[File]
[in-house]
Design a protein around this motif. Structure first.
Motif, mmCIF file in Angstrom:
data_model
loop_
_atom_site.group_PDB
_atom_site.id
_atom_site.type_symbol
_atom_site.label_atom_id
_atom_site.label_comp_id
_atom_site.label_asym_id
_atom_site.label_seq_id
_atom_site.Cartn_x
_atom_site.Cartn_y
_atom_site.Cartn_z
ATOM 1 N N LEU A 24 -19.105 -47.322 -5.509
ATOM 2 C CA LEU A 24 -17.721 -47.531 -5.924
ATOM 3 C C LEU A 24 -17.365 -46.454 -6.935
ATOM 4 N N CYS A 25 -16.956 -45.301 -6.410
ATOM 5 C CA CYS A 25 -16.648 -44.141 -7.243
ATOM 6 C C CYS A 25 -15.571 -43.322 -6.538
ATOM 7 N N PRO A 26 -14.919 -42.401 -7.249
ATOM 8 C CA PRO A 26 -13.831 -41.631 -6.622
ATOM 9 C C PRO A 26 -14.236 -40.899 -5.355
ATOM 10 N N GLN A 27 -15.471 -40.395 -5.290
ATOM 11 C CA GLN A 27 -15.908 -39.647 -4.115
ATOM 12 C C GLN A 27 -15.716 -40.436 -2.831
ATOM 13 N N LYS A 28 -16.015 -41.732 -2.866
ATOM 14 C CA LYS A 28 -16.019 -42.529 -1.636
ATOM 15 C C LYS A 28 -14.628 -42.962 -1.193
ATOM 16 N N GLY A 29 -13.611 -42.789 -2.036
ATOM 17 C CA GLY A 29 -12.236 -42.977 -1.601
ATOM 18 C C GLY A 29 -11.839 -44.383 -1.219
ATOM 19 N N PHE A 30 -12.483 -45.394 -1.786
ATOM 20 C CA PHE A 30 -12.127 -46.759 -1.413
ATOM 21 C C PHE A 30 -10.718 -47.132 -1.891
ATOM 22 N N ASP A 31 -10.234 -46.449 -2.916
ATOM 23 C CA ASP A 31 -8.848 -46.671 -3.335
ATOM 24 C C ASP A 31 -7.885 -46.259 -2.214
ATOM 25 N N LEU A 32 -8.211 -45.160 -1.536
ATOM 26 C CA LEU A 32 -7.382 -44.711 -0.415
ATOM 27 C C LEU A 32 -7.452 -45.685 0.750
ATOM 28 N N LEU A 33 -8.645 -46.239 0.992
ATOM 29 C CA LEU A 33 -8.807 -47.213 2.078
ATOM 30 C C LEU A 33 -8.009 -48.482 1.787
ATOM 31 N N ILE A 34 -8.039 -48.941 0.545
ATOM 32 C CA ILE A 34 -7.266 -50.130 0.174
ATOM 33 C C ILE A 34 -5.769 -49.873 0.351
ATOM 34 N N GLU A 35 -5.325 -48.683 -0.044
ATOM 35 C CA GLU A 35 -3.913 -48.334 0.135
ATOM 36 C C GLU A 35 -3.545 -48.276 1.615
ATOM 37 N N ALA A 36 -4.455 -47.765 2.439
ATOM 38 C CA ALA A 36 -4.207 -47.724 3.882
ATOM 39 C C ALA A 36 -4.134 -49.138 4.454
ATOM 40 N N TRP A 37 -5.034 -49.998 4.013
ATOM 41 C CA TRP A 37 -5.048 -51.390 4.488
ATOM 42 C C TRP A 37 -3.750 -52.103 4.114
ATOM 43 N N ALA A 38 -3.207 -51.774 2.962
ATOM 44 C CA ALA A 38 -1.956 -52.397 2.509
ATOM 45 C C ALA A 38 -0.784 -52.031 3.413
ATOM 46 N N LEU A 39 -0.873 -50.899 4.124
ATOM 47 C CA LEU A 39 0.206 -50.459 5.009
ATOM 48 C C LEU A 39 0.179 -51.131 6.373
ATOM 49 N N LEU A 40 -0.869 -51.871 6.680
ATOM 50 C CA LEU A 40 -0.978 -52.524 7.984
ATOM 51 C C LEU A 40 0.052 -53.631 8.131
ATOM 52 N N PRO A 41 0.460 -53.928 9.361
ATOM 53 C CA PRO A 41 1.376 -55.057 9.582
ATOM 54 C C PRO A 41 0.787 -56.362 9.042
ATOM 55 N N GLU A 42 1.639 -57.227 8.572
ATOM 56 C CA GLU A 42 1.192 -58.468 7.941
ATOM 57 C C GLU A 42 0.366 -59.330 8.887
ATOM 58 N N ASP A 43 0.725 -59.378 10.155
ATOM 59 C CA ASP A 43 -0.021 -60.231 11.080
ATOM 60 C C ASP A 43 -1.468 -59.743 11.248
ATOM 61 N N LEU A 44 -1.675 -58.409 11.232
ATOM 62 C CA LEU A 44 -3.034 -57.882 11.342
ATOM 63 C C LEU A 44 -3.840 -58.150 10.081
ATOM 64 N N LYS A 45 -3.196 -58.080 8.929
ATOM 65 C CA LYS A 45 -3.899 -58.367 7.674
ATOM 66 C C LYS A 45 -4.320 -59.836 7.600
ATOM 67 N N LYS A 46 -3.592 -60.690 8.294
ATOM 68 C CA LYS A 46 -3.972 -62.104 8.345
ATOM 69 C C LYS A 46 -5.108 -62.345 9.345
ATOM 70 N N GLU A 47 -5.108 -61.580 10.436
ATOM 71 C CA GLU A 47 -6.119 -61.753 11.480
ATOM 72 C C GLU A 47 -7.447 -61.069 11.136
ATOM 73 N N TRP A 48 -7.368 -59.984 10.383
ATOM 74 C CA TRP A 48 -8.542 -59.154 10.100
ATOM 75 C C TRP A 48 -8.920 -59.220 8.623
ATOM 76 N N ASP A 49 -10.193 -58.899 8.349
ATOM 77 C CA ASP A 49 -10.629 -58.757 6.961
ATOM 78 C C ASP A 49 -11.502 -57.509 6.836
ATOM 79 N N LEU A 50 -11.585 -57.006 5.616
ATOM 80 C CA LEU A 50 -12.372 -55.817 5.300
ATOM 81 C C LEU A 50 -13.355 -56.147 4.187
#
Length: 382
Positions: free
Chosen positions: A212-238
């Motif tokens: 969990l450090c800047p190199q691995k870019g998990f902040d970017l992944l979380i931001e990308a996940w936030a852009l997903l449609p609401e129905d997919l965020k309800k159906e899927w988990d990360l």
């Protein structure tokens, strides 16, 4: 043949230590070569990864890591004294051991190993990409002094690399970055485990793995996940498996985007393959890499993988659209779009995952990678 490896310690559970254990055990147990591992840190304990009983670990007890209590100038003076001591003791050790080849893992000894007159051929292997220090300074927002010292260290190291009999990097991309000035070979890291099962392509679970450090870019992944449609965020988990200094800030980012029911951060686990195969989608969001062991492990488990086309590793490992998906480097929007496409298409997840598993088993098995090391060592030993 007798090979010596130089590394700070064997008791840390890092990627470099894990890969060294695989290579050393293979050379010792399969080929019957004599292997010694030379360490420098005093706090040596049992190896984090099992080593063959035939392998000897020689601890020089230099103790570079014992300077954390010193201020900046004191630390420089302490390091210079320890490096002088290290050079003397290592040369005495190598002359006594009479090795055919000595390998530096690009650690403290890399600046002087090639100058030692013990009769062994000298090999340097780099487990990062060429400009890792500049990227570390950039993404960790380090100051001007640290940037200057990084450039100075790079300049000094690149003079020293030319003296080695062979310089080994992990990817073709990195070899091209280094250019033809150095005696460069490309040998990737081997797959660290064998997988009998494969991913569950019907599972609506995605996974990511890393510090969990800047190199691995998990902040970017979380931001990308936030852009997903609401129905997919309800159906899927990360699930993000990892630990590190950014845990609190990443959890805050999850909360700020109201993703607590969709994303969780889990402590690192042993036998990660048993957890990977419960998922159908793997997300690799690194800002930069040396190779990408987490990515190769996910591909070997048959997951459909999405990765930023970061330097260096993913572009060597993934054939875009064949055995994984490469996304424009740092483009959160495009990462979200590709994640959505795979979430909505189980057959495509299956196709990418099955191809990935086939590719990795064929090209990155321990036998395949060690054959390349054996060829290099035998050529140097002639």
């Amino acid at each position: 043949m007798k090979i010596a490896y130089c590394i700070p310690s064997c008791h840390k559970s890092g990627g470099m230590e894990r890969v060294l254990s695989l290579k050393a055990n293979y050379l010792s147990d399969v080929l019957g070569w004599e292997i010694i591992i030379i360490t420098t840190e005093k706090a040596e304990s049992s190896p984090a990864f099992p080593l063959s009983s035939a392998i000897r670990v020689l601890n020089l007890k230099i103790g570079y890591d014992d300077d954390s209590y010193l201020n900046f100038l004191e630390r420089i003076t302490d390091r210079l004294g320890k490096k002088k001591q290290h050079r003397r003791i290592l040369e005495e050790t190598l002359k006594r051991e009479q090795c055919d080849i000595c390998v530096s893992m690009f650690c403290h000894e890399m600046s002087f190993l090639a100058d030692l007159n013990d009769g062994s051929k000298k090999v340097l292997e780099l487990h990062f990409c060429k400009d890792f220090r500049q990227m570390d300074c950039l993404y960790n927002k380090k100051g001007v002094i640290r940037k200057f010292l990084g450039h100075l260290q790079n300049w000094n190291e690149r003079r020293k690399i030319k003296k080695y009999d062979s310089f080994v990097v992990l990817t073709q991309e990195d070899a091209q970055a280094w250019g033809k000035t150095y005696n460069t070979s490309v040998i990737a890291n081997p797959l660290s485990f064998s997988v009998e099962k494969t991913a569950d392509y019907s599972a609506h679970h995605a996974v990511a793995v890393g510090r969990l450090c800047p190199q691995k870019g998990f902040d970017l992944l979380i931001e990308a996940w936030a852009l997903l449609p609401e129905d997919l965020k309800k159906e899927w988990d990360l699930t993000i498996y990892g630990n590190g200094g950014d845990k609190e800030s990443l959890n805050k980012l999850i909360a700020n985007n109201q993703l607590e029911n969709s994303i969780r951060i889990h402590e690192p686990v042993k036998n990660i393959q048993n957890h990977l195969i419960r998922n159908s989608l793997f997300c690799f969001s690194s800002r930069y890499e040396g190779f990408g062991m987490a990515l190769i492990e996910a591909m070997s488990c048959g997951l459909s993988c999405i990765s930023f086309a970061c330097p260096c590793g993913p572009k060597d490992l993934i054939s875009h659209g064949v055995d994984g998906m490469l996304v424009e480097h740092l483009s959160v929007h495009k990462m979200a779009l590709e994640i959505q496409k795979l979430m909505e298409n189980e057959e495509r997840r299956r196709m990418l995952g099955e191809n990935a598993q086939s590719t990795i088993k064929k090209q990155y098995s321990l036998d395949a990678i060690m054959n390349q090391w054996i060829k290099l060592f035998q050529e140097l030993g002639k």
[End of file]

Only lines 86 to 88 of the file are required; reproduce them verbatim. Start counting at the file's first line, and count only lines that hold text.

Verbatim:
ATOM 71 C CA GLU A 47 -6.119 -61.753 11.480
ATOM 72 C C GLU A 47 -7.447 -61.069 11.136
ATOM 73 N N TRP A 48 -7.368 -59.984 10.383